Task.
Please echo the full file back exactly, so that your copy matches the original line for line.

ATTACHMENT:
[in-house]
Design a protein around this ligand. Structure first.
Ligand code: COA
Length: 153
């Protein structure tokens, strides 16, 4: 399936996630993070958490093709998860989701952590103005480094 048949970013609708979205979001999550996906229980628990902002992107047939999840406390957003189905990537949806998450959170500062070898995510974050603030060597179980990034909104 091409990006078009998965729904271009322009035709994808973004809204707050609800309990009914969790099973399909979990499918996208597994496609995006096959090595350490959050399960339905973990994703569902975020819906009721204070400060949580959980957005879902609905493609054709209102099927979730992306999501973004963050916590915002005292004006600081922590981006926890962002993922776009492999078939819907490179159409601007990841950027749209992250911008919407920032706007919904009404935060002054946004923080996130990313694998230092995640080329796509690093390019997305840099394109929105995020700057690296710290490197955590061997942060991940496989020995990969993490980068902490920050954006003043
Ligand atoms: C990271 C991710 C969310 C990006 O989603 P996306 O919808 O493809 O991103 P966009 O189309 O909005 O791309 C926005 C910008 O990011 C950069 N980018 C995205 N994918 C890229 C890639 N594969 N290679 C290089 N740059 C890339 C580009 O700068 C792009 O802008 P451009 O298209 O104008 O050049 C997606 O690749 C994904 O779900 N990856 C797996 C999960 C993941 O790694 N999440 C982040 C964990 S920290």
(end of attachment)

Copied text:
[in-house]
Design a protein around this ligand. Structure first.
Ligand code: COA
Length: 153
């Protein structure tokens, strides 16, 4: 399936996630993070958490093709998860989701952590103005480094 048949970013609708979205979001999550996906229980628990902002992107047939999840406390957003189905990537949806998450959170500062070898995510974050603030060597179980990034909104 091409990006078009998965729904271009322009035709994808973004809204707050609800309990009914969790099973399909979990499918996208597994496609995006096959090595350490959050399960339905973990994703569902975020819906009721204070400060949580959980957005879902609905493609054709209102099927979730992306999501973004963050916590915002005292004006600081922590981006926890962002993922776009492999078939819907490179159409601007990841950027749209992250911008919407920032706007919904009404935060002054946004923080996130990313694998230092995640080329796509690093390019997305840099394109929105995020700057690296710290490197955590061997942060991940496989020995990969993490980068902490920050954006003043
Ligand atoms: C990271 C991710 C969310 C990006 O989603 P996306 O919808 O493809 O991103 P966009 O189309 O909005 O791309 C926005 C910008 O990011 C950069 N980018 C995205 N994918 C890229 C890639 N594969 N290679 C290089 N740059 C890339 C580009 O700068 C792009 O802008 P451009 O298209 O104008 O050049 C997606 O690749 C994904 O779900 N990856 C797996 C999960 C993941 O790694 N999440 C982040 C964990 S920290």